What about Space Command? Gardner has long tried to make it appear like his cheerleading had anything to do with Peterson Air Force Base in Colorado Springs being selected as the home base, for at least the next six years, of U.S. Space Command. Crediting Gardner for Space Command’s Colorado siting is like giving props to Mayor Eric Garcetti if a new movie studio opens in Los Angeles. Boosterism didn’t win the day. Benefits did.
To begin with, Space Command is the reestablishment of a command that was developed in the 1980s during the Cold War, and the original Space Command was located in Colorado. In April 2019, CNN published the contents of a memo it had obtained that identified six military bases as possible locations for Space Command. Four of the sites were in Colorado, and the criteria the Air Force used to weigh the sites included “cost, co-location with an existing military organization that will become a component of the future Space Command, access to a C-17 aircraft capable airfield, communications connectivity” and other operational considerations, according to the report. Nowhere did it mention the approval of the Colorado senator — or, for that matter, the lobbying of other elected leaders from the state, both Republican and Democratic.
So, about that conservation bill. This is where we give credit where credit is due. The Great American Outdoors Act, the advancement in the Senate of which Gardner really can claim credit for, will mean billions of dollars for a backlog of national park projects, and it will permanently fund the long-neglected Land and Water Conservation Fund. The House is expected to pass the bill and Trump is expected to sign it.
It’s a laudable accomplishment. But alone it constitutes a weak record, especially considering that, while the bill has thrilled conservationists, Gardner has a history of antipathy toward the environment. The League of Conservation Voters gives him an 11% lifetime voting score. The Bureau of Land Management relocation, of which Gardner calls himself the “chief architect,” itself counteracts what good the Great American Outdoors Act might do for the environment.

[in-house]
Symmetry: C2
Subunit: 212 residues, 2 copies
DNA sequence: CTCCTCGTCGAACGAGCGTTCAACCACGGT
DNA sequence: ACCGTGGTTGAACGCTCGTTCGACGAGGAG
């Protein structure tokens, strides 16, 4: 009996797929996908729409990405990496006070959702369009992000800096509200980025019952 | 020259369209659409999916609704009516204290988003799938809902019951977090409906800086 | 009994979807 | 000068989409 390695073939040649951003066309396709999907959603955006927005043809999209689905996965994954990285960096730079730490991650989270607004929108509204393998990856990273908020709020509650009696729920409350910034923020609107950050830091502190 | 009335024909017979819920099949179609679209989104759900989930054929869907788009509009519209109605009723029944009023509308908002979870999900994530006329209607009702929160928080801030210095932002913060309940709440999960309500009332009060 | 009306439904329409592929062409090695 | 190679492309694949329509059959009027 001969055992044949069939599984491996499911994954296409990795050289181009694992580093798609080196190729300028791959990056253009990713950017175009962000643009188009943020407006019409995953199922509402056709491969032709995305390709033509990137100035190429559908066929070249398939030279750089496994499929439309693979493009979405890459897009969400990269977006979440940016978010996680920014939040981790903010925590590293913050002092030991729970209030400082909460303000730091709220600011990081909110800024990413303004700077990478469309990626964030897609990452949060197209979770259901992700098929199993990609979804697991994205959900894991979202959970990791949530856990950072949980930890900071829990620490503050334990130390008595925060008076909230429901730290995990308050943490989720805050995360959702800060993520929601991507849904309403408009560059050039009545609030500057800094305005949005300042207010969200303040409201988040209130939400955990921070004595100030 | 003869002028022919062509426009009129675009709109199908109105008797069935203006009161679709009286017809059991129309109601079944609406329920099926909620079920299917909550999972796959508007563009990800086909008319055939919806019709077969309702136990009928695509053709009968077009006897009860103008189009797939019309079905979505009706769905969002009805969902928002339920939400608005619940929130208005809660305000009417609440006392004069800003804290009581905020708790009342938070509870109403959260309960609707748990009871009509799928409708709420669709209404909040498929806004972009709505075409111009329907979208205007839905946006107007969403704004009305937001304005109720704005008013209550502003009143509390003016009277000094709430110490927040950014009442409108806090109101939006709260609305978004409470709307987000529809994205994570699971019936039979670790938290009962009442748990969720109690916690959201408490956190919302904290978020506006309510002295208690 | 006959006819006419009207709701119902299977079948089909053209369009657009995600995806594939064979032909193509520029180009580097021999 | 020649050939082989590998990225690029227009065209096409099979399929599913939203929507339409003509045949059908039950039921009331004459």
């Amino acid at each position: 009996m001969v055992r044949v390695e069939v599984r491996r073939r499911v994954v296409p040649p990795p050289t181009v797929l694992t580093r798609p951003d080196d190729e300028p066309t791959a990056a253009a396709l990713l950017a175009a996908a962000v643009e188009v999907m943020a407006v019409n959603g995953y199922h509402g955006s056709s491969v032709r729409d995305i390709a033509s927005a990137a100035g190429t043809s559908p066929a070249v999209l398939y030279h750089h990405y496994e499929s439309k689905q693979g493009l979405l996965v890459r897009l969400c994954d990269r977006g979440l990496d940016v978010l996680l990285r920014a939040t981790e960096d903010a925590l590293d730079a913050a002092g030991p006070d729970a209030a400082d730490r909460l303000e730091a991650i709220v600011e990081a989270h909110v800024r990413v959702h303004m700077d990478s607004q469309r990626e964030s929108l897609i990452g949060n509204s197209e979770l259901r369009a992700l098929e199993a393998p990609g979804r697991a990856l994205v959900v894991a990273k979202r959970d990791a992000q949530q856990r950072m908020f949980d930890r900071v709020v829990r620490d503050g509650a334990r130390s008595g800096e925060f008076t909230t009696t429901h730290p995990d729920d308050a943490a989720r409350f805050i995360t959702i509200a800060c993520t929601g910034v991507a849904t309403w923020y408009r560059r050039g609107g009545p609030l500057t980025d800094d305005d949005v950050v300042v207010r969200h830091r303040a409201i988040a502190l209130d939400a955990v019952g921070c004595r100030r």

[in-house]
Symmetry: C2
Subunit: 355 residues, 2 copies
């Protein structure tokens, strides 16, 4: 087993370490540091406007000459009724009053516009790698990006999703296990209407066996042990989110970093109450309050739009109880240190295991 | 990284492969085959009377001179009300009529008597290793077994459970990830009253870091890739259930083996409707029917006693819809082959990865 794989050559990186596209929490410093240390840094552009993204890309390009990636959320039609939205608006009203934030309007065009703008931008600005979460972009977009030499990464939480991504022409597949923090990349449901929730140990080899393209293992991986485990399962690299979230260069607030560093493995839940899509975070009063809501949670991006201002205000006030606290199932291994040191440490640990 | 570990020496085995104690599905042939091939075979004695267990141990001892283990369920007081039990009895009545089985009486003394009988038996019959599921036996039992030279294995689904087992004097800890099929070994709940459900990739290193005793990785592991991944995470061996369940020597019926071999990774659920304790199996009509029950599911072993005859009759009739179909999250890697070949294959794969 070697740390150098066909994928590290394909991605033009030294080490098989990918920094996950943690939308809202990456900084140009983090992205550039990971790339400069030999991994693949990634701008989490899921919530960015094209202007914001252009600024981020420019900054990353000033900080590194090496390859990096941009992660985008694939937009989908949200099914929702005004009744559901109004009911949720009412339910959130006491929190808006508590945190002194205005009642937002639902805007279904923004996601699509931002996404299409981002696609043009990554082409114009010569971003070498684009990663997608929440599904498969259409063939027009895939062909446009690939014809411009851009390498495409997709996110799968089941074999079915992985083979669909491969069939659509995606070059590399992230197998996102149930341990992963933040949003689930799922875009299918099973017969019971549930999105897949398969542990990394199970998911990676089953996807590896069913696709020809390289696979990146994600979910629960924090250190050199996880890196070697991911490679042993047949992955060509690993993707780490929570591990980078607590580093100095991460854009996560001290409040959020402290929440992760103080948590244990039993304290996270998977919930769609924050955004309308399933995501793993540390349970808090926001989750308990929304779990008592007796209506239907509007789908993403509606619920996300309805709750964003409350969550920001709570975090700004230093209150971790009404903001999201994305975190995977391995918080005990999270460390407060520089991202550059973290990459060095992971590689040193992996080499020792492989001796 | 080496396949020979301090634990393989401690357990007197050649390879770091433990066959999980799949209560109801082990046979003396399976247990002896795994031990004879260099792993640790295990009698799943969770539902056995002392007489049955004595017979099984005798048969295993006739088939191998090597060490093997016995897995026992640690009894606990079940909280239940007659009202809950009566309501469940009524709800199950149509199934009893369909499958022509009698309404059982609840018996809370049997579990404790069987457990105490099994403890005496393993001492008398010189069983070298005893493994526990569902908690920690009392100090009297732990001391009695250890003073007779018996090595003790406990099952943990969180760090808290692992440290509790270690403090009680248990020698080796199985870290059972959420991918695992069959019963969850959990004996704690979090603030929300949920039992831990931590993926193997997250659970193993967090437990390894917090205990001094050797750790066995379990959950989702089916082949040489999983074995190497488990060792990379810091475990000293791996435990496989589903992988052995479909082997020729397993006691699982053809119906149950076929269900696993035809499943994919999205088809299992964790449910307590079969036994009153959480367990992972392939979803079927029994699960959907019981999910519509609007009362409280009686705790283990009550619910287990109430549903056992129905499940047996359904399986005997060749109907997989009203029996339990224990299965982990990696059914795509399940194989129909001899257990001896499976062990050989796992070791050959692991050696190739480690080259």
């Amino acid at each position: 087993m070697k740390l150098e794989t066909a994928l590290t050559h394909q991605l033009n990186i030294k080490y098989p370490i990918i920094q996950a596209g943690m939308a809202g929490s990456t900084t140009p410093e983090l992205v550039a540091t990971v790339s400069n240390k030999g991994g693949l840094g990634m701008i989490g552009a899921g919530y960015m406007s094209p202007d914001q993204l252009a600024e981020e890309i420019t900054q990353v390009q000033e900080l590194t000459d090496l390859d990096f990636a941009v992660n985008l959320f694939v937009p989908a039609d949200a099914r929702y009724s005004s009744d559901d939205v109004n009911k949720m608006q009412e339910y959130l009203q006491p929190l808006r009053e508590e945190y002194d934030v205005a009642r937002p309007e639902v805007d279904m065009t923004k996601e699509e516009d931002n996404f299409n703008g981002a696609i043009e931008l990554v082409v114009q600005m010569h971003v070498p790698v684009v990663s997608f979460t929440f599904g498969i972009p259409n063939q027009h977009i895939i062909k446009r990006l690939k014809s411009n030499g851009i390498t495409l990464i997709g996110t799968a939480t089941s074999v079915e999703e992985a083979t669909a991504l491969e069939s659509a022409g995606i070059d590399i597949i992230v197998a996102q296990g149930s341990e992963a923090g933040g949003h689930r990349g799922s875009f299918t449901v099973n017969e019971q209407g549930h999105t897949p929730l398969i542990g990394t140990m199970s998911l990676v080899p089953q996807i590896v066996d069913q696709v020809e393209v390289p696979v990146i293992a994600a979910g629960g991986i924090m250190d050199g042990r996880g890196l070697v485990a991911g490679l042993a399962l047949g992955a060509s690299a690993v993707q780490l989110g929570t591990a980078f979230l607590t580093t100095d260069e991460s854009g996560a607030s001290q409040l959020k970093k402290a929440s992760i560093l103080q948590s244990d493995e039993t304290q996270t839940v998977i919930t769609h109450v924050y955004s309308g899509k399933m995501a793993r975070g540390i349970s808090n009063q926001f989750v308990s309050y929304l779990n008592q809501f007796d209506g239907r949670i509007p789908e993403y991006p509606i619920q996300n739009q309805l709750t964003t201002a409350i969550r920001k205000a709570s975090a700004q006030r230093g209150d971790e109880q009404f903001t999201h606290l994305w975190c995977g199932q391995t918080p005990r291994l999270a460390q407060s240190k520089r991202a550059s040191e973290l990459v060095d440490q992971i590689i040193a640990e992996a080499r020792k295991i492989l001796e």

And there is the uncomfortable fact that Gardner seems to sense that the Act is about all he has going for him. During the Black Lives Matter protests, when a history-changing conversation about police and racism overtook even the coronavirus pandemic as a national priority, Gardner was having a conversation of his own. Between May 25, the day police killed the unarmed George Floyd in Minneapolis, through June, when protests materialized in big cities and small towns across America, Gardner tweeted 92 times. More than a third of those tweets were related to the Great American Outdoors Act, by far the single subject to which he devoted the most attention.
And police reform? Three tweets.
In six years as a senator, Gardner has been up to other things in the nation’s capital. But if we’re gauging him by his own standards, we’re left to ask: Is that all you’ve got?